Elena: Life Is Still Grim in the Old Soviet Union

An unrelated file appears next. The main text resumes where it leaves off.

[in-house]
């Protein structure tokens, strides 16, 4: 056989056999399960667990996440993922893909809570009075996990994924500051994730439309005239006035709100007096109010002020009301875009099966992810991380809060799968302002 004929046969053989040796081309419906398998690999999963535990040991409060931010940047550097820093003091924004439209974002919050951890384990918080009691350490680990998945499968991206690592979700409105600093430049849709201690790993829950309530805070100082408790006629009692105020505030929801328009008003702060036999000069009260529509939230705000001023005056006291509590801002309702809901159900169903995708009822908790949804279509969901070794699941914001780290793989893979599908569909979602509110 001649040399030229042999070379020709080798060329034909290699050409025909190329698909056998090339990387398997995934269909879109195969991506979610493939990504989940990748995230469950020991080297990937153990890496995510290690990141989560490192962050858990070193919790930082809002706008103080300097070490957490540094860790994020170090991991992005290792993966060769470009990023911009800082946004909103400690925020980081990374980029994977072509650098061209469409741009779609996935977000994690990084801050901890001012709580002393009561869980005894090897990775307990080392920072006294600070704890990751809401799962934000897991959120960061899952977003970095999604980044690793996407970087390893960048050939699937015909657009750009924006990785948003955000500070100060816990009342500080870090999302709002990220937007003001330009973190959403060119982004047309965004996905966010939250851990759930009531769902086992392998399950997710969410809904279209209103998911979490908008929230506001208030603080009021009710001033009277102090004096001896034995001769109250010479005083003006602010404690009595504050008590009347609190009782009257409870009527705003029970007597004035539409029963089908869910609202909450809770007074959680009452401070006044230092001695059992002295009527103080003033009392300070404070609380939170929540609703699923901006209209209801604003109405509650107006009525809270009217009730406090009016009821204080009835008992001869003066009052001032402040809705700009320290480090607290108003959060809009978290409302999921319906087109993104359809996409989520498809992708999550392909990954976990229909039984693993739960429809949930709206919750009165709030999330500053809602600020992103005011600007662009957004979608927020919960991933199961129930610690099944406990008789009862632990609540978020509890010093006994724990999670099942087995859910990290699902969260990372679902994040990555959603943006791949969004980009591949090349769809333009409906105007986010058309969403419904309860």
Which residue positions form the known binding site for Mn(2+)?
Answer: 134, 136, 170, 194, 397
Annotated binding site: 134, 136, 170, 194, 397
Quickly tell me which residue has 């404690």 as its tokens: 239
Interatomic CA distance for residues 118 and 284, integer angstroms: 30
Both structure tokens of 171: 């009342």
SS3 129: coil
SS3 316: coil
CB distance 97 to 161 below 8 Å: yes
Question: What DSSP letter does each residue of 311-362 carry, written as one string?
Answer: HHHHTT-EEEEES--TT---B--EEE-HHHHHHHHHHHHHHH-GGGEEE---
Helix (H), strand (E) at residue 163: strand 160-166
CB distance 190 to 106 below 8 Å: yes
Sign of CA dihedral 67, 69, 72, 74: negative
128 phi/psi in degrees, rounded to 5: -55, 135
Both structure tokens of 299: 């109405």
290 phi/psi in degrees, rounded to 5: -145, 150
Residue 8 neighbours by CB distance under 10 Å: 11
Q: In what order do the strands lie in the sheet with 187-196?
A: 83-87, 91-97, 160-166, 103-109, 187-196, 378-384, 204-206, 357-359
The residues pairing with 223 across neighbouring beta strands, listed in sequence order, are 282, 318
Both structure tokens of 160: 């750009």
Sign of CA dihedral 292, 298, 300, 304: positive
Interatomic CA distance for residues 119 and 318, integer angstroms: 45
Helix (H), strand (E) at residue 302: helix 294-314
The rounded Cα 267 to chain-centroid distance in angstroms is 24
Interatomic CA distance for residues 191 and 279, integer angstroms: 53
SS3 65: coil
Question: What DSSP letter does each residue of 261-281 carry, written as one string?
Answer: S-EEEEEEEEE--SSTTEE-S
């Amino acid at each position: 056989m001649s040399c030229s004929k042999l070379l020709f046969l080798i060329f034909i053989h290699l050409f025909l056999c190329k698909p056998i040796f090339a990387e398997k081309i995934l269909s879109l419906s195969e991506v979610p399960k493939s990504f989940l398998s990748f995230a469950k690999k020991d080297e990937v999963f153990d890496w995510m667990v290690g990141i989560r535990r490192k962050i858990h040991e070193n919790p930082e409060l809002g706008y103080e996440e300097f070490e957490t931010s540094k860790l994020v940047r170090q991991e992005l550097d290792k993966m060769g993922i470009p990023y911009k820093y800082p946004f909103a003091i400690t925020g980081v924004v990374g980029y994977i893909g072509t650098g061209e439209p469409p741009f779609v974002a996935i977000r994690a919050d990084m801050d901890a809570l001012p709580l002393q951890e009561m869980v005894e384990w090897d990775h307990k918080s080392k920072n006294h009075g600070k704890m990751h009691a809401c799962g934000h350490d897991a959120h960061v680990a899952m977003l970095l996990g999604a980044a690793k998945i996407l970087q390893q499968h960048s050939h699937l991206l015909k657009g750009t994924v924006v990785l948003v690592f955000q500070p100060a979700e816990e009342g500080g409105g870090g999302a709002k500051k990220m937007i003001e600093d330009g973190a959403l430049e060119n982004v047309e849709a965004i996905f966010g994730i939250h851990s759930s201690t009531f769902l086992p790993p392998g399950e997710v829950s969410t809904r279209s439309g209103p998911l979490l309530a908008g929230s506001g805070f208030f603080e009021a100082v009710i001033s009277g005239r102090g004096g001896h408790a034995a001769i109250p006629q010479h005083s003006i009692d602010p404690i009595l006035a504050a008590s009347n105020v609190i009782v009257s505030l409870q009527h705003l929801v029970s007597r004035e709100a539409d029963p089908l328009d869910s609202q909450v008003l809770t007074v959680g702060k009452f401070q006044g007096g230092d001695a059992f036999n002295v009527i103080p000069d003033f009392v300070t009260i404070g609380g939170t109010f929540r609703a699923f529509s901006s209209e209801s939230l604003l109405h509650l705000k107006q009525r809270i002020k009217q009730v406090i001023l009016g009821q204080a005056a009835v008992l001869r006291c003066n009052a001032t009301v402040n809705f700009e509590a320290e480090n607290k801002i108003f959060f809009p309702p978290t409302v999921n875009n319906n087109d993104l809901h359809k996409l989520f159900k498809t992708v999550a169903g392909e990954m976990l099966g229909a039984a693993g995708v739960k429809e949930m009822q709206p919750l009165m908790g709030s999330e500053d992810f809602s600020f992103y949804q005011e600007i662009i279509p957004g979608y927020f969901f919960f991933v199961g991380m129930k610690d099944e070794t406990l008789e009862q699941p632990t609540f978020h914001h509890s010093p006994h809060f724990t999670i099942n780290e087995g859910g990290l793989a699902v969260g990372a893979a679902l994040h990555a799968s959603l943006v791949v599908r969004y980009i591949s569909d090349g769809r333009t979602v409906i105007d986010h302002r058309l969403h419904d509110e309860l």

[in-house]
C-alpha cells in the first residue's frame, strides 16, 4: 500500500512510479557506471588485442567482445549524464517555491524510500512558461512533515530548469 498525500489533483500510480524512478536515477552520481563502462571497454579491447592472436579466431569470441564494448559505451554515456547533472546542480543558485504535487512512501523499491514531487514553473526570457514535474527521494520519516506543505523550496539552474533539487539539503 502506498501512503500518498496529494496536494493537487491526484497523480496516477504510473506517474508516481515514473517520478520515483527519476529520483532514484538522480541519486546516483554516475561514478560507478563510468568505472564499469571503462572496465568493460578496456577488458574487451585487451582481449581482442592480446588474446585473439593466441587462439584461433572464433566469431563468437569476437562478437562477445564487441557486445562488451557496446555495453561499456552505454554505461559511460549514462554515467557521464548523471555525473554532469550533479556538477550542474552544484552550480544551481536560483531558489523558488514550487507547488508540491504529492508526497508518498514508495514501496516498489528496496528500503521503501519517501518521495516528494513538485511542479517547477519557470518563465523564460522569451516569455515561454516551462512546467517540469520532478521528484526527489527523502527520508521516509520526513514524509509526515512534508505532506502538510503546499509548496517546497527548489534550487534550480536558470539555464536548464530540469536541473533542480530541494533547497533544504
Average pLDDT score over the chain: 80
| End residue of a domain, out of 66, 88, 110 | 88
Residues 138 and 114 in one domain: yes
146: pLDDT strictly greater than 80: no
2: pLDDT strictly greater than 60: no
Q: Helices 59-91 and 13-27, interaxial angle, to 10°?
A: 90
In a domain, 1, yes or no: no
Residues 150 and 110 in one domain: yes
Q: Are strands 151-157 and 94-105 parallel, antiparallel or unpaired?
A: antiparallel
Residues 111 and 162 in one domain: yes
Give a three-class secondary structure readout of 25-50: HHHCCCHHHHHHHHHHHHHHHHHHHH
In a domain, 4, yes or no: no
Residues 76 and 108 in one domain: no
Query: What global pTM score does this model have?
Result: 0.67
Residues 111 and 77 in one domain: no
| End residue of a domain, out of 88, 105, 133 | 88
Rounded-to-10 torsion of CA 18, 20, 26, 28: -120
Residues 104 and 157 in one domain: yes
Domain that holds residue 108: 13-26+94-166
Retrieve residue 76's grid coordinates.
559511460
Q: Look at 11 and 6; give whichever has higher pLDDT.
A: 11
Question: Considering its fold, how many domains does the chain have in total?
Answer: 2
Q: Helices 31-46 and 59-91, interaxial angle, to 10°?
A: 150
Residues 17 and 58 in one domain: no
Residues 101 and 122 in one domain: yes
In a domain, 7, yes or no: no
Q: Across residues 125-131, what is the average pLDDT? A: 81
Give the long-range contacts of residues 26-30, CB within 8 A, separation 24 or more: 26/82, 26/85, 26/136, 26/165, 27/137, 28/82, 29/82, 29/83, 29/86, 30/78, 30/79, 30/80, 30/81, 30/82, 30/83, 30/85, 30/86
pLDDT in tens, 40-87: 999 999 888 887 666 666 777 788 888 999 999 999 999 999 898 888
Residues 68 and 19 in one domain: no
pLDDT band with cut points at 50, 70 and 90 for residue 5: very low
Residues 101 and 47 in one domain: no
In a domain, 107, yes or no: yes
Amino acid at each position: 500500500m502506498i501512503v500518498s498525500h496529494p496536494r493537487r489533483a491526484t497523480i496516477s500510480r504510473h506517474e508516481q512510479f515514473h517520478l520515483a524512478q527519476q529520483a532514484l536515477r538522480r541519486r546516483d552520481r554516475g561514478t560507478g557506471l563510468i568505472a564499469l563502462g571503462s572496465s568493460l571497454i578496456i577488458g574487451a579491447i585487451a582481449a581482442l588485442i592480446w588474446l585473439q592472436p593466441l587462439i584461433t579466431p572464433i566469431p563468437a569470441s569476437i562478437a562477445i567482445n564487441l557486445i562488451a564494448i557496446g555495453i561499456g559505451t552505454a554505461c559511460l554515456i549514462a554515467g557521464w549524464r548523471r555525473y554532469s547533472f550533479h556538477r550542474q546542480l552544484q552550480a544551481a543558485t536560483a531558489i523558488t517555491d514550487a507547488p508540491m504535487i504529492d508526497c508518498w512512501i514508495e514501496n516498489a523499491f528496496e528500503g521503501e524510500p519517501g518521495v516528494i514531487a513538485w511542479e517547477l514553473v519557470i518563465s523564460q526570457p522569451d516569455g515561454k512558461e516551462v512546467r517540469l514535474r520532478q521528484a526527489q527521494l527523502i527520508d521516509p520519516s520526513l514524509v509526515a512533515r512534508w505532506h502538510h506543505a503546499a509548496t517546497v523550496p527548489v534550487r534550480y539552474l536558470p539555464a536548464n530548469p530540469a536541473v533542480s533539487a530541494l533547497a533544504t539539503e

Andrey Zvyagintsev’s Elena is a tale of two apartments: a spacious chrome, glass, and marble luxury flat that might be anywhere in prosperous Western Europe, and a cramped unit in some exhausted-looking, distinctly Soviet-vintage apartment block with a view of a nuclear plant. Central to the movie is the distance, physical and psychological, and the mutual resentment, that exists between these spaces. Fiftyish working-class Elena (Nadezhda Markina) lives and serves her wealthy older husband, Vladimir (Andrey Smirnov), in the first, and visits her unemployed son from another marriage in the second. A domestic loggerheads results when Elena asks Vladimir a favor for her son’s family, and he declines; this comes to a crisis when a health scare inspires Vladimir to codify his intentions in a will, while also putting himself, weakened by illness, at the mercy of Elena, playing his nurse. In a few shrewd, telling scenes, the central couple is seen, together and separately, playing their various roles with their various contradictory loyalties. With taciturn camerawork and a scalpel-like precision in dissecting class that recalls Claude Chabrol, Zvyagintsev’s film observes Elena making the decision of which family to be loyal to and how she asserts her newfound power as the idea of apocalypse hangs over the film’s troubling conclusion.